Professor Valerie Harwood of the
Department of Integrative Biology.
USF microbiologist silences critics
TAMPA, Fla. -- University of South Florida microbiologist Valerie Harwood wasn’t looking for a fight with some of the nation’s poultry giants when she accepted an unusual assignment from the Oklahoma Attorney General’s Office: investigate whether millions of pounds of chicken waste from giant farms could have infiltrated Oklahoma’s watershed and polluted its lakes, streams and wells.
Harwood, who over the last decade has developed a technique to track E. coli and other sewage contaminants and connect them to a specific source, was employed as a scientific expert from 2005 to 2008 by the state of Oklahoma to look for connections between potentially deadly bacteria in the Illinois River watershed to massive poultry operations in neighboring Arkansas and in Oklahoma.
Big poultry fought back, seeking to dismiss Harwood’s work as “junk science” because a new, poultry-specific technique had not been published in a peer-reviewed journal.
Fast-forward to 2011: the court case is still awaiting a decision but the verdict on Harwood’s science is in: the first in a series of articles was published in the Journal of Applied Microbiology and a second paper has been accepted in the journal Applied and Environmental Microbiology.
The publications are a milestone for Harwood, a well-respected expert on water quality and contamination who had her credibility under a microscope during the contentious case. Eleven poultry companies, including chicken giant Tyson Foods Inc., are defendants in the lawsuit.
“If you can find a source-specific microorganism, you can trace (the pollution),” she said. “It’s a lot easier said than done, but it can be done.”
Harwood, a professor in the Department of Integrative Biology, had been an expert witness called by the state of Oklahoma to test E. coli in the Illinois River and compare it to bacteria in the hundreds of thousands of tons of poultry waste which is used as fertilizer on farms and ranching operations near the chicken farms.
Harwood was already an internationally recognized expert in microbial source tracking -- a field of environmental microbiology that seeks to determine the source of fecal contamination in water by identifying specific molecular signatures in the DNA of fecal microorganisms -- when she was called into Oklahoma’s case. The tactic used by the poultry companies was effective: a judge denied Oklahoma’s request for an injunction and the case has lagged on for years with the same practices continuing.
Working with researcher Jennifer Weidhaas, now at West Virginia University, the scientists’ test is based on quantitative PCR and can determine the level of Brevibacterium LA35 in rivers and streams. Harwood explains that this type of bacteria is highly concentrated in soiled poultry litter and is otherwise uncommon, allowing the bacteria to serve as a tracer for poultry fecal contamination that spreads to water bodies after the poultry litter is spread on fields.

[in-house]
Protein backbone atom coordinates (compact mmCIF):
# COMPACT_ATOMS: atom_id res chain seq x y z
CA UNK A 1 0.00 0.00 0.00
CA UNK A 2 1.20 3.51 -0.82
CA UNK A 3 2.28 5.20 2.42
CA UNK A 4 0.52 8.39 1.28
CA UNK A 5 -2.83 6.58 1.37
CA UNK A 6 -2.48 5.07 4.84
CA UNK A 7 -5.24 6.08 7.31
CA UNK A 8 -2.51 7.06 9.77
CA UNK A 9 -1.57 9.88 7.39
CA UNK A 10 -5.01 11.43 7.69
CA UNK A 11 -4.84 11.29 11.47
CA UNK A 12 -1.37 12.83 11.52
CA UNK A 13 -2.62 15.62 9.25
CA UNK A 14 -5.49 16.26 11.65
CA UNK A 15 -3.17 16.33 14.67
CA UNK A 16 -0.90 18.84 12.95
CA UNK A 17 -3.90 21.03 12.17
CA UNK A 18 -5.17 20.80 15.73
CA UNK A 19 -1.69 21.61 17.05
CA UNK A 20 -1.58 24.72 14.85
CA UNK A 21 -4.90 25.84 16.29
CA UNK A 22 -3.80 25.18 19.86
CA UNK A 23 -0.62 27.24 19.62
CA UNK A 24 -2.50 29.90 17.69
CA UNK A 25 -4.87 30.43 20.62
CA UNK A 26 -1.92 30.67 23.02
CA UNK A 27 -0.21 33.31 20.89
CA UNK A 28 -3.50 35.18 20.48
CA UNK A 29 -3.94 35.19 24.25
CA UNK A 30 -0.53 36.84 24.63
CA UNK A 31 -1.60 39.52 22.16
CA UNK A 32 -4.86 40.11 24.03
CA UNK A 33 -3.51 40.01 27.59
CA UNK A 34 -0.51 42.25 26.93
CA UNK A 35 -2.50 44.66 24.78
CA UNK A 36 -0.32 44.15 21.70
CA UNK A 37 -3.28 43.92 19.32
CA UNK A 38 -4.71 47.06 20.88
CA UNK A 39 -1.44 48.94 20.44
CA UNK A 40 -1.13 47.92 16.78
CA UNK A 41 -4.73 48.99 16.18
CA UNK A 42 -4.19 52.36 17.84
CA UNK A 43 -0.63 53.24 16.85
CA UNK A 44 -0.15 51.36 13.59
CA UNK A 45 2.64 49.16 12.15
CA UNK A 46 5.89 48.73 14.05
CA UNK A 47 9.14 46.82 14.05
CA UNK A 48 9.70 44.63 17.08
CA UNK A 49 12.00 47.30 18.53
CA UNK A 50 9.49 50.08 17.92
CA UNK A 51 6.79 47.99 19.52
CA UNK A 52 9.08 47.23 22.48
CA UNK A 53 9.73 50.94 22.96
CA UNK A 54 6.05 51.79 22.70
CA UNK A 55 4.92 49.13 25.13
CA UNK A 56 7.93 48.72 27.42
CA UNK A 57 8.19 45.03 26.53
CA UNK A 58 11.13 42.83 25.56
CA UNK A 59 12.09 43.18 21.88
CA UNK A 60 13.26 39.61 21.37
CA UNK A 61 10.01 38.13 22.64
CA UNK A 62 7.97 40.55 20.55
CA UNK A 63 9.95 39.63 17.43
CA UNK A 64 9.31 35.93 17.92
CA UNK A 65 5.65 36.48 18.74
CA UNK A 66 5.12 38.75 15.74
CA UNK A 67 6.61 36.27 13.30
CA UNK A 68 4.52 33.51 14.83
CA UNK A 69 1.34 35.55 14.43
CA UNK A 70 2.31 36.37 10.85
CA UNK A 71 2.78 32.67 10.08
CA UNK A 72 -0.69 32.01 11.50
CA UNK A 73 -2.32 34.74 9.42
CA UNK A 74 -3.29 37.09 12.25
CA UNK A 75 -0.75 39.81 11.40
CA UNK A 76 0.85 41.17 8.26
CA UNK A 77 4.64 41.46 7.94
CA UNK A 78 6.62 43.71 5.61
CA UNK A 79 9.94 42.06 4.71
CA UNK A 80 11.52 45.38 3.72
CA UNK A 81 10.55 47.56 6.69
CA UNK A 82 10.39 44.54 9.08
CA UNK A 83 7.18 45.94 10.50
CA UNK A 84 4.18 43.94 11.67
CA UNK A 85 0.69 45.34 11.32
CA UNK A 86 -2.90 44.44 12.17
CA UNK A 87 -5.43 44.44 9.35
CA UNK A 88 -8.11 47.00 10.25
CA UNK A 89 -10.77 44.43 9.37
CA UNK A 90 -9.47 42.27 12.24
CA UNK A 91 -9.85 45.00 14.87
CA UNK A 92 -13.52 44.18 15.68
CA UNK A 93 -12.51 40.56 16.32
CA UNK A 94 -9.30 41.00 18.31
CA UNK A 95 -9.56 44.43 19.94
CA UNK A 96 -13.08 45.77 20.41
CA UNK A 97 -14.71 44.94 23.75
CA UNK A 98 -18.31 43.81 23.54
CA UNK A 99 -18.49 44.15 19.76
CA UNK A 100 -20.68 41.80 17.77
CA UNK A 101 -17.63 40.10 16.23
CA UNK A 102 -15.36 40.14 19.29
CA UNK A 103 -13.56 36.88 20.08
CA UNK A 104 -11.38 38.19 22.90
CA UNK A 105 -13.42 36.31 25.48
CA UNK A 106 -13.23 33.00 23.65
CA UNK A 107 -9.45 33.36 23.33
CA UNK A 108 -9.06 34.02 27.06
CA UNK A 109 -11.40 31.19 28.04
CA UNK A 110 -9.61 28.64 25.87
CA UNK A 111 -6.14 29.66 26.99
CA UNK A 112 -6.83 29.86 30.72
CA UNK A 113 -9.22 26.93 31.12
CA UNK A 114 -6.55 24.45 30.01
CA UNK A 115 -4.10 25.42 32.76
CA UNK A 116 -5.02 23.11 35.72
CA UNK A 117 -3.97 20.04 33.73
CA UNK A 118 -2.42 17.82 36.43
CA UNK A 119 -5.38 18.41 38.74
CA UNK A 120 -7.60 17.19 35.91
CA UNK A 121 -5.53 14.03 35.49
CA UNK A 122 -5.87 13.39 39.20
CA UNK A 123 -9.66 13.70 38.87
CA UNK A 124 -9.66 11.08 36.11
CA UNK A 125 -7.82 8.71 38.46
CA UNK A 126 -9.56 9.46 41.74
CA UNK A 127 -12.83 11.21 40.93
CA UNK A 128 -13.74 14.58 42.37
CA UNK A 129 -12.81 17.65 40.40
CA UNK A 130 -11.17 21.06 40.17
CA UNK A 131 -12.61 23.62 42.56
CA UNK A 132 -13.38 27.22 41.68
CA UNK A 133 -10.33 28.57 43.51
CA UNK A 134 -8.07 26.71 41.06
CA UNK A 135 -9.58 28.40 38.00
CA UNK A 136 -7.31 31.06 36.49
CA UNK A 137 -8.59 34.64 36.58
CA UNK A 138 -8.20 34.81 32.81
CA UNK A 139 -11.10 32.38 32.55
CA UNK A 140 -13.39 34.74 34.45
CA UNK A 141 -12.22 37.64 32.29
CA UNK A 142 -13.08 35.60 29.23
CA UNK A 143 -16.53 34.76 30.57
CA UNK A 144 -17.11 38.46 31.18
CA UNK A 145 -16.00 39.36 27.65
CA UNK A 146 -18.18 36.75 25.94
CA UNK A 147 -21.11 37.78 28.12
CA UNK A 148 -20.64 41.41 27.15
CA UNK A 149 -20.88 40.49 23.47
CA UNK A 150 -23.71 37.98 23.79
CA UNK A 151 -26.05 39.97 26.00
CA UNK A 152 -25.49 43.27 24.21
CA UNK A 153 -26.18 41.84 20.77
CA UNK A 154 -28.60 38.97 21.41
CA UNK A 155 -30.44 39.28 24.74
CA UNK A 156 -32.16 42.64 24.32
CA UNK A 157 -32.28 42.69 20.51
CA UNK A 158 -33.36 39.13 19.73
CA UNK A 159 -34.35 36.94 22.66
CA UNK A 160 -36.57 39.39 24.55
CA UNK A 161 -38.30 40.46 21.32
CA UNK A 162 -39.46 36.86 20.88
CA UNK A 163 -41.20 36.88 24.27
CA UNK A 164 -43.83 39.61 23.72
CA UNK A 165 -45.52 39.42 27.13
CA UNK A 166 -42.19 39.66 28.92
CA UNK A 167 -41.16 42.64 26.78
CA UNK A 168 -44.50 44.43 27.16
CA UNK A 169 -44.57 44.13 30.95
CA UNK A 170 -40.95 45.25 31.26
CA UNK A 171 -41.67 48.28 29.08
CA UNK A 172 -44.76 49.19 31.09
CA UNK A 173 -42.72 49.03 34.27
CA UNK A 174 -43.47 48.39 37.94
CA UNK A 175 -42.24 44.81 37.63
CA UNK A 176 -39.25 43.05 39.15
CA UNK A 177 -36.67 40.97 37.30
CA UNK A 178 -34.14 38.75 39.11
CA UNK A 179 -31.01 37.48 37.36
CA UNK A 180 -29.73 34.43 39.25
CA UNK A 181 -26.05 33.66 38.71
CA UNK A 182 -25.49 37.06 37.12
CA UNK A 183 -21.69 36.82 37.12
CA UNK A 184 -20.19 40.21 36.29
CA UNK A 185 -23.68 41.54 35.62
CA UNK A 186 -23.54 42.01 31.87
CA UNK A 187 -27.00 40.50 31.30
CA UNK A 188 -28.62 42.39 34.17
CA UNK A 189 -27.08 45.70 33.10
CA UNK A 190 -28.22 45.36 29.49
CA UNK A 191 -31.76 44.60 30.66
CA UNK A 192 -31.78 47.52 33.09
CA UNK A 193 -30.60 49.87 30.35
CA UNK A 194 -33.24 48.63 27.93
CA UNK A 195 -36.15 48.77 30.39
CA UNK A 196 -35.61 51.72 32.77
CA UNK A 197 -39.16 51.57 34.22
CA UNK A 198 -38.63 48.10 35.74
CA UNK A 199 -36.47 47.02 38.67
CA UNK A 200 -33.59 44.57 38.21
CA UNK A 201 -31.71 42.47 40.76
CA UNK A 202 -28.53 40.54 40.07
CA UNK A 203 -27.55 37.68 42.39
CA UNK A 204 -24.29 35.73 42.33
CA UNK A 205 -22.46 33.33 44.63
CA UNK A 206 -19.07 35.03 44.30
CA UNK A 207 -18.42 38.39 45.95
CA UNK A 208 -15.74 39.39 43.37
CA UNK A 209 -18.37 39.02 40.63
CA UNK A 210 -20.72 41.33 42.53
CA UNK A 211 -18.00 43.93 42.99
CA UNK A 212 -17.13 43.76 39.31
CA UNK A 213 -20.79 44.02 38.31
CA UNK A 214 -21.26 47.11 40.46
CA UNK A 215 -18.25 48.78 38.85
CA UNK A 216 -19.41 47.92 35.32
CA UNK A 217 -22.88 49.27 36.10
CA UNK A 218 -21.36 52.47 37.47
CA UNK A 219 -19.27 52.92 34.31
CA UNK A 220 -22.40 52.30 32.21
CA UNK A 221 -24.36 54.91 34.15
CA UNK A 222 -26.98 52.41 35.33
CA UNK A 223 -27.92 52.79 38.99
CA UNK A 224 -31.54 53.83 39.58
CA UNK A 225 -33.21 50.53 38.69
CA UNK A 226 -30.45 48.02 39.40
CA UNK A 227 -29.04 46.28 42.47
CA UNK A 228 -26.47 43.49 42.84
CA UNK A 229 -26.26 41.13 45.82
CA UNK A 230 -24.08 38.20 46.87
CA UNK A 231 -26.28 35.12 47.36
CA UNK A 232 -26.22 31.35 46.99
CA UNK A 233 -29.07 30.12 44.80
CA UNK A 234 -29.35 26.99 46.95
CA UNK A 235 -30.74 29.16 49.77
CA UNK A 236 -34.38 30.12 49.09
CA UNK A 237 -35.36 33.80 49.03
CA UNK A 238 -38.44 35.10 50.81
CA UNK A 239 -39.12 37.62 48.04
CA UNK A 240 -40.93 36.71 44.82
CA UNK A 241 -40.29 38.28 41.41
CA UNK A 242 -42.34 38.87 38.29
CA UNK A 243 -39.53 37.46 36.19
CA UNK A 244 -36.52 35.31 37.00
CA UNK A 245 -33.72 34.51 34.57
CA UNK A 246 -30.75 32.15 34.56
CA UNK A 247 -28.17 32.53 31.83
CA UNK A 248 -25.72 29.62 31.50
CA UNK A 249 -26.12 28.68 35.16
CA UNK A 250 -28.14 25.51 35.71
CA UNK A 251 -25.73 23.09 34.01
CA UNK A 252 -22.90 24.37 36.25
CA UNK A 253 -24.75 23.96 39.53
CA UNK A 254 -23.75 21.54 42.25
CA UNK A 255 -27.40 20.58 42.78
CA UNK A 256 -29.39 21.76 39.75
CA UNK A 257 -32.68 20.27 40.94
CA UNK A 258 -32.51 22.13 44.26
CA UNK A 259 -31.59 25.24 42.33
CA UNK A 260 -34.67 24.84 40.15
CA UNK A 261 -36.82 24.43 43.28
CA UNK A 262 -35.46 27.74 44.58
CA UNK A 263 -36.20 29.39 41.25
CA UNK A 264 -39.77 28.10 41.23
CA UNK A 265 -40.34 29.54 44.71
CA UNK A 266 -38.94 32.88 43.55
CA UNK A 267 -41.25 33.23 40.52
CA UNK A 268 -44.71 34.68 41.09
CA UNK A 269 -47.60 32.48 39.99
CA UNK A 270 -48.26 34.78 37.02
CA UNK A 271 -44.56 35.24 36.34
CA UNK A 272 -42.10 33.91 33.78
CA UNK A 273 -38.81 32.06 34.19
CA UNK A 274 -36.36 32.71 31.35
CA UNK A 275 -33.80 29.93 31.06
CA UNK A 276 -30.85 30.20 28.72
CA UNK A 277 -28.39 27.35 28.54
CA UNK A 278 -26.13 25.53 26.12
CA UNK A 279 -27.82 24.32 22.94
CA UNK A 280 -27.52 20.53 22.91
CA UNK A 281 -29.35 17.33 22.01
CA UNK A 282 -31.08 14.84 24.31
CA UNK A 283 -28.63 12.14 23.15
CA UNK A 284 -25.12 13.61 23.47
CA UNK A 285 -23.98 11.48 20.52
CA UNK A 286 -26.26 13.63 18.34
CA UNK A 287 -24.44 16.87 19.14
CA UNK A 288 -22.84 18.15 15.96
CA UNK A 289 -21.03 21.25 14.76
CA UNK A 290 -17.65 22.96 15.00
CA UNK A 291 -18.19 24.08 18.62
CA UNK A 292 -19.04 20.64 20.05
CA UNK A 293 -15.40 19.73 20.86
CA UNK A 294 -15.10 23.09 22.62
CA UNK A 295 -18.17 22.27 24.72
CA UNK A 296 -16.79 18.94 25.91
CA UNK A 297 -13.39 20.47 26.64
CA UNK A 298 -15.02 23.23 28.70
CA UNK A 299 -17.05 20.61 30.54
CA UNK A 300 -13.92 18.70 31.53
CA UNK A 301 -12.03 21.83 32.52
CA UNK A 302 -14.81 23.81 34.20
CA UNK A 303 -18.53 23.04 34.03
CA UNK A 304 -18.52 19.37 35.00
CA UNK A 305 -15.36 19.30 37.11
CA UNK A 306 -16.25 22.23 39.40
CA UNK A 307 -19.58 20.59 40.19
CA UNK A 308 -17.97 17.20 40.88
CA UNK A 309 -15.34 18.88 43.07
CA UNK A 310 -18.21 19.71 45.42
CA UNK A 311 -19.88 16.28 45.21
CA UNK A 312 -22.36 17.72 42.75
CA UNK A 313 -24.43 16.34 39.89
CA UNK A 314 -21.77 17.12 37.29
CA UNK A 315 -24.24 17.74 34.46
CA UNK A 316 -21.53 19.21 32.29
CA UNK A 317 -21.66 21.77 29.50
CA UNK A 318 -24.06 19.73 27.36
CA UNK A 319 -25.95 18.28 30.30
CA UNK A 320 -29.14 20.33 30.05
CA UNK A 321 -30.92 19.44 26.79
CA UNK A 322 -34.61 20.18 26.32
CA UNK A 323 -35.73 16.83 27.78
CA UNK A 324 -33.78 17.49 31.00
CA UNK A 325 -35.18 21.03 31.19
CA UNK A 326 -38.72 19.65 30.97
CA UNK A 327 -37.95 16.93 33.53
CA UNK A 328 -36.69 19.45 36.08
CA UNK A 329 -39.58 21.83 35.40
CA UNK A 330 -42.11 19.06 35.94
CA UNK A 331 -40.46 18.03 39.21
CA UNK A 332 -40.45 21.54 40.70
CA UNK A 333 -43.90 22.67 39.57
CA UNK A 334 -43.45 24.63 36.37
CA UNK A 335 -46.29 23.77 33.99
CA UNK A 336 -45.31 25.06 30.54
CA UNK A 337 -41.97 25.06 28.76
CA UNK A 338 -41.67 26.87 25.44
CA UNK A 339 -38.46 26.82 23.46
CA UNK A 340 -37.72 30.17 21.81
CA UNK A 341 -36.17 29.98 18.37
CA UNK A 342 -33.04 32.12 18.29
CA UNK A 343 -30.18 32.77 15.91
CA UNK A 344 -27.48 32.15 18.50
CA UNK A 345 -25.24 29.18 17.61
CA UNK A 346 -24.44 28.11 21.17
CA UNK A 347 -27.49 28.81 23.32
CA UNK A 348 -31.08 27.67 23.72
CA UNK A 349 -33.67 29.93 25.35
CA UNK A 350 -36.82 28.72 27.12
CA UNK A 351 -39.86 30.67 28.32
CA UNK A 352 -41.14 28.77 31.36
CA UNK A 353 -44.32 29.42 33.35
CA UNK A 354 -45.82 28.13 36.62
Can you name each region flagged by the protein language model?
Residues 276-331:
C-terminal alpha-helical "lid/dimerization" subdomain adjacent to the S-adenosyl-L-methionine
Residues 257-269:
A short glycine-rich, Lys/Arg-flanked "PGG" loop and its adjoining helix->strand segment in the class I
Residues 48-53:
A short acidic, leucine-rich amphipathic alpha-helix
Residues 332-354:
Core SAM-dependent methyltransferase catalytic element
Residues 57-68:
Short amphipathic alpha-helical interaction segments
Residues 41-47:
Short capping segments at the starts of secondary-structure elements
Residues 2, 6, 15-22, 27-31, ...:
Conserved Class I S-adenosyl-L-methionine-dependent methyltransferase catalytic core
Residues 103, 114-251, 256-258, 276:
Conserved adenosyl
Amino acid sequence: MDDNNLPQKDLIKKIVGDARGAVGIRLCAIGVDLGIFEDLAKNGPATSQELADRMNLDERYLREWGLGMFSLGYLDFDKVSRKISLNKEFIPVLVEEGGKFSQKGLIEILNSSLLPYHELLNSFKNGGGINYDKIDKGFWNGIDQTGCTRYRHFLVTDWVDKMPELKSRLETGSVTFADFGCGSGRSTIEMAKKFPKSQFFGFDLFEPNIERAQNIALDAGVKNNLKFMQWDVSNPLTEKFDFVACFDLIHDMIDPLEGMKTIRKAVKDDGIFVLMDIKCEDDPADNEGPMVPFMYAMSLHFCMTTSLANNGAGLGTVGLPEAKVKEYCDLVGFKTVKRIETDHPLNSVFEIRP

Harwood said the contamination has spread into neighboring Oklahoma through rain washing it into ditches and tributaries, then flowing into the Illinois River, a scenic Oklahoma water that is home to many recreational activities. The porous nature of the area’s karst geology also allowed contamination to seep into the groundwater.
“The biggest surprise to me was that I did not realize what a prevalent practice this is,” she said. “They are spreading literally tons of this material every year. It’s amazing to me that anybody thinks this isn’t going to end up in the water.”
The most recent article encompasses the scientific results drawn during Harwood’s work on the Oklahoma case. Her work took her to an area of Arkansas and Oklahoma where some 1,600 poultry farms housed more than 57 million chickens and turkeys -- some 2 percent of the nation’s poultry supply.
Using the marker, the scientists established that the poultry feces marker was correlated with E. coli and other fecal bacteria in litter samples and water samples from the Illinois River watershed, and with phosphorus and heavy metals prevalent in poultry feed in water samples.
Poultry producers could alleviate the pollution by using other disposal techniques rather than selling the poultry litter to farms and ranches as inexpensive fertilizer, Harwood said. For example, if the litter were composted, a process which raises the temperature of the material, the bacterial load would be reduced. Or, the industry could truck the waste to a disposal site that was not near vulnerable water bodies.
Either technique, however, would raise the cost of poultry at a time when inexpensive protein food sources are a necessity just not for the United States but much of the world. And while the problem of poultry waste disposal may remain a challenge, Harwood said she hopes her scientific evidence empowers consumers to consider the impact of large-scale farming and food choices on the environment.
On that count, there’s already an early verdict.
“I got e-mails from citizens thanking me for doing this,” she said.
Author: Vickie Chachere